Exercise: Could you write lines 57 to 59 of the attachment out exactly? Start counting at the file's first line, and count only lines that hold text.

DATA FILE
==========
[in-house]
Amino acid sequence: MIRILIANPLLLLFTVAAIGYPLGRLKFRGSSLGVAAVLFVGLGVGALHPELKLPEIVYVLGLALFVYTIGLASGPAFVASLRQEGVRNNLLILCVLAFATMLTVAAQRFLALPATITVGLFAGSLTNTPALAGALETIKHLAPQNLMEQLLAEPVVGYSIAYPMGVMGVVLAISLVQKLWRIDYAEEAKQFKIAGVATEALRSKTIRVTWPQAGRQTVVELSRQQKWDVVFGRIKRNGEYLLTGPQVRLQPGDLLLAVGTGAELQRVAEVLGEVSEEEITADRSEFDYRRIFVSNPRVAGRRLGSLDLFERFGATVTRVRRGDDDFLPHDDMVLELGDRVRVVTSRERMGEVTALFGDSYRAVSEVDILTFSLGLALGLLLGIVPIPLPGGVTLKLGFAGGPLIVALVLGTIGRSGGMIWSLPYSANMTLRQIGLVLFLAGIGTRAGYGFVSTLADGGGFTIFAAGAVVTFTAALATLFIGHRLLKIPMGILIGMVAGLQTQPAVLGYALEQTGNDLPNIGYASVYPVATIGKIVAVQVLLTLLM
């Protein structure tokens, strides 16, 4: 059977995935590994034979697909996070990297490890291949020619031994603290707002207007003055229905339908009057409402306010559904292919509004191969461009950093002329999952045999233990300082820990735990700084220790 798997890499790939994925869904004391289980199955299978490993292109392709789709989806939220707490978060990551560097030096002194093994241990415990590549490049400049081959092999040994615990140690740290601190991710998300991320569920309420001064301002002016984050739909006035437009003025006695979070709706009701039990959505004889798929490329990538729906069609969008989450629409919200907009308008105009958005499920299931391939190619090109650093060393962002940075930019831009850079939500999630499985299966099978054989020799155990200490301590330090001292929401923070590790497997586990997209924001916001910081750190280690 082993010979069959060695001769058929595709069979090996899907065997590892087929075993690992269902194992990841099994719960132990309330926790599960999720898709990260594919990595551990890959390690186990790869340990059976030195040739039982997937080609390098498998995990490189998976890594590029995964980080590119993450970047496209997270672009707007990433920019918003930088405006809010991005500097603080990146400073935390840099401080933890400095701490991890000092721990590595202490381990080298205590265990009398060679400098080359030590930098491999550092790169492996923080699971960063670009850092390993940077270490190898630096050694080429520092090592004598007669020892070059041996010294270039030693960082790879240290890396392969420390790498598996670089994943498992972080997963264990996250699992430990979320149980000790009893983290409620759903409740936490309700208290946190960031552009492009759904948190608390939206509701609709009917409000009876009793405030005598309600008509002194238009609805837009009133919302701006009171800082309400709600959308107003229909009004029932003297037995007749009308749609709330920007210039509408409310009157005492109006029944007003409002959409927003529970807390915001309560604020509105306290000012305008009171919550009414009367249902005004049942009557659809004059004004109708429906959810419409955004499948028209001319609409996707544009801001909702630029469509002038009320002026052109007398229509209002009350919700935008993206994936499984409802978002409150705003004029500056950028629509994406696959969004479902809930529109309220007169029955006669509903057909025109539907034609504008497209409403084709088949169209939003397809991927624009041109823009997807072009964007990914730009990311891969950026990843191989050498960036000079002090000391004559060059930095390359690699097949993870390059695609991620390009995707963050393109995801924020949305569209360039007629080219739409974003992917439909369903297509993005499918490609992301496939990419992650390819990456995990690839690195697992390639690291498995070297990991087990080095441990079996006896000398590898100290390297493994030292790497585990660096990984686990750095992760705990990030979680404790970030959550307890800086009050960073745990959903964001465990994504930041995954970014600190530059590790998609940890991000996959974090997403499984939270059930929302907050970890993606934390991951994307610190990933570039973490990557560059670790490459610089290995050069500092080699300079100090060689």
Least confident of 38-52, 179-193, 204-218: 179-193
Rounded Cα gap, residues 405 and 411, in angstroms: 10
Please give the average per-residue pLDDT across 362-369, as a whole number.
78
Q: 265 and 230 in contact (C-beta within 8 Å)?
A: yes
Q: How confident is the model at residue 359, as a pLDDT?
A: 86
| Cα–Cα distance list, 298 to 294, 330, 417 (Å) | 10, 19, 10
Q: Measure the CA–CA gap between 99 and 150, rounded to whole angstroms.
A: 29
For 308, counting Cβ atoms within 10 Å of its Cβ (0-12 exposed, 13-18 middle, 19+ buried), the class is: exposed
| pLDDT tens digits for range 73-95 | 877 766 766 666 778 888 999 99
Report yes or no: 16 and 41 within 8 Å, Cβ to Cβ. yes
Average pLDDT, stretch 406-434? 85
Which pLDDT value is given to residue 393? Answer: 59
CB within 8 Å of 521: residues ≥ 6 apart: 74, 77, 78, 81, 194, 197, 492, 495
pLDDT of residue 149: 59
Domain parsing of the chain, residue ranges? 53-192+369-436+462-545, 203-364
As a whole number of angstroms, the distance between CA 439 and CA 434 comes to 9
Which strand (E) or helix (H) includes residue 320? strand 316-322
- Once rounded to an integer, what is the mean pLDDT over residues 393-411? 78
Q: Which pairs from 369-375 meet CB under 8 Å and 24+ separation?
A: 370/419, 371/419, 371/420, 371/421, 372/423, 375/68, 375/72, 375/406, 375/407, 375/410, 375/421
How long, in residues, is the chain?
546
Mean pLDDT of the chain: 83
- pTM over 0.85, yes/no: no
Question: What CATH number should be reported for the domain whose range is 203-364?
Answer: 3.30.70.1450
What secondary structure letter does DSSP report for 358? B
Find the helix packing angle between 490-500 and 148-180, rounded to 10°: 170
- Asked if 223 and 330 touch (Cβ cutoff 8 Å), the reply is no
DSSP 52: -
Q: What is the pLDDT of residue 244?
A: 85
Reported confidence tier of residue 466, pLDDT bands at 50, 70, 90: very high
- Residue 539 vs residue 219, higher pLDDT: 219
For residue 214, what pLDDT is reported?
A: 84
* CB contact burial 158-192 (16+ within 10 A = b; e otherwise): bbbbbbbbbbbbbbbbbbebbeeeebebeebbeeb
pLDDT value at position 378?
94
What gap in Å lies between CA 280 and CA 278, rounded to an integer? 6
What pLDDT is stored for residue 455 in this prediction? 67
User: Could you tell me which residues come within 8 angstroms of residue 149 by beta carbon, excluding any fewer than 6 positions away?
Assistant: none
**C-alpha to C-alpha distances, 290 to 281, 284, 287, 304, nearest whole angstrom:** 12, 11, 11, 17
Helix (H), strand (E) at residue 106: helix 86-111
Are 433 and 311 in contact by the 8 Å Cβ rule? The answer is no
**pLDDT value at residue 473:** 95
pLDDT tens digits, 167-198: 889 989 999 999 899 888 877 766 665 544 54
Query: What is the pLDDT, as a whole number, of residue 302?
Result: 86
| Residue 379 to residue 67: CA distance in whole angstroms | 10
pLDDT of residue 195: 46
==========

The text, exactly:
Result: 86
| Residue 379 to residue 67: CA distance in whole angstroms | 10
pLDDT of residue 195: 46